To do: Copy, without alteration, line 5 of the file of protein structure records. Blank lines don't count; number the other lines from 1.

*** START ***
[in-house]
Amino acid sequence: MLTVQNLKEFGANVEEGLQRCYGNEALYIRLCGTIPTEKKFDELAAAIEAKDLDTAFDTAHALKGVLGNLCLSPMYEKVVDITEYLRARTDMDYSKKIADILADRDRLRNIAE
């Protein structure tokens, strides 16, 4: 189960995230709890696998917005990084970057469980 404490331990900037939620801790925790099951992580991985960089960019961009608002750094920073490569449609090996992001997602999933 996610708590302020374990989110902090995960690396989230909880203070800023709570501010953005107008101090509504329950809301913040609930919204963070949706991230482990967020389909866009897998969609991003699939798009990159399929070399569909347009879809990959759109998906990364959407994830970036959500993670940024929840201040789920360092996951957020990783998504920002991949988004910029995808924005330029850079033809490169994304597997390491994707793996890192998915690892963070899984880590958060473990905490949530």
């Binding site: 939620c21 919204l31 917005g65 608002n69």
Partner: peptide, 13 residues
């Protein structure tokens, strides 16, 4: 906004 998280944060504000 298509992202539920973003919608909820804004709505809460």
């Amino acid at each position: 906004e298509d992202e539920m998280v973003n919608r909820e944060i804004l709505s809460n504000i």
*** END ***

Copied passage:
Partner: peptide, 13 residues